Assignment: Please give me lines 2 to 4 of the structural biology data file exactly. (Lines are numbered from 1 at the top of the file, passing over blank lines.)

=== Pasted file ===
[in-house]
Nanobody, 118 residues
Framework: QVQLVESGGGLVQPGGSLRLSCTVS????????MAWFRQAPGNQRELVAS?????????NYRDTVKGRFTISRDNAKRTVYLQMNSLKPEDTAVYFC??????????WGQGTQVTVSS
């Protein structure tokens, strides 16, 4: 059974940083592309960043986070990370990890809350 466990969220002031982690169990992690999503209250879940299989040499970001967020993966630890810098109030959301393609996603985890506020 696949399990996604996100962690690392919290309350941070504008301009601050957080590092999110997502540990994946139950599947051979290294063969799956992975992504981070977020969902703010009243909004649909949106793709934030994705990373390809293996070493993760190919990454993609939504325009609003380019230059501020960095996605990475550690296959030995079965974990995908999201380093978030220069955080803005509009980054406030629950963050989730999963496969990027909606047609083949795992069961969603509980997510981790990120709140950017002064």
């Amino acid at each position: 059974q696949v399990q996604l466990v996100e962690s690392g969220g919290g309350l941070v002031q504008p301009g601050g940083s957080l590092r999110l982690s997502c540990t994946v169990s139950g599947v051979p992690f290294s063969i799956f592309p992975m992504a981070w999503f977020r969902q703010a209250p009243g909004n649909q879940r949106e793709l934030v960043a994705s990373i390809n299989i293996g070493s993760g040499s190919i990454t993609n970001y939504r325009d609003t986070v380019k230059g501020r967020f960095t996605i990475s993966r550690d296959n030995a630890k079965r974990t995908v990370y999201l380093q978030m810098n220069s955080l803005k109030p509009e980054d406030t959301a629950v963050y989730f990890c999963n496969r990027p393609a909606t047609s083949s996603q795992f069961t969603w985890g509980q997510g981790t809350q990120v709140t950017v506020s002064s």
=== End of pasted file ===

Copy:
Nanobody, 118 residues
Framework: QVQLVESGGGLVQPGGSLRLSCTVS????????MAWFRQAPGNQRELVAS?????????NYRDTVKGRFTISRDNAKRTVYLQMNSLKPEDTAVYFC??????????WGQGTQVTVSS
């Protein structure tokens, strides 16, 4: 059974940083592309960043986070990370990890809350 466990969220002031982690169990992690999503209250879940299989040499970001967020993966630890810098109030959301393609996603985890506020 696949399990996604996100962690690392919290309350941070504008301009601050957080590092999110997502540990994946139950599947051979290294063969799956992975992504981070977020969902703010009243909004649909949106793709934030994705990373390809293996070493993760190919990454993609939504325009609003380019230059501020960095996605990475550690296959030995079965974990995908999201380093978030220069955080803005509009980054406030629950963050989730999963496969990027909606047609083949795992069961969603509980997510981790990120709140950017002064």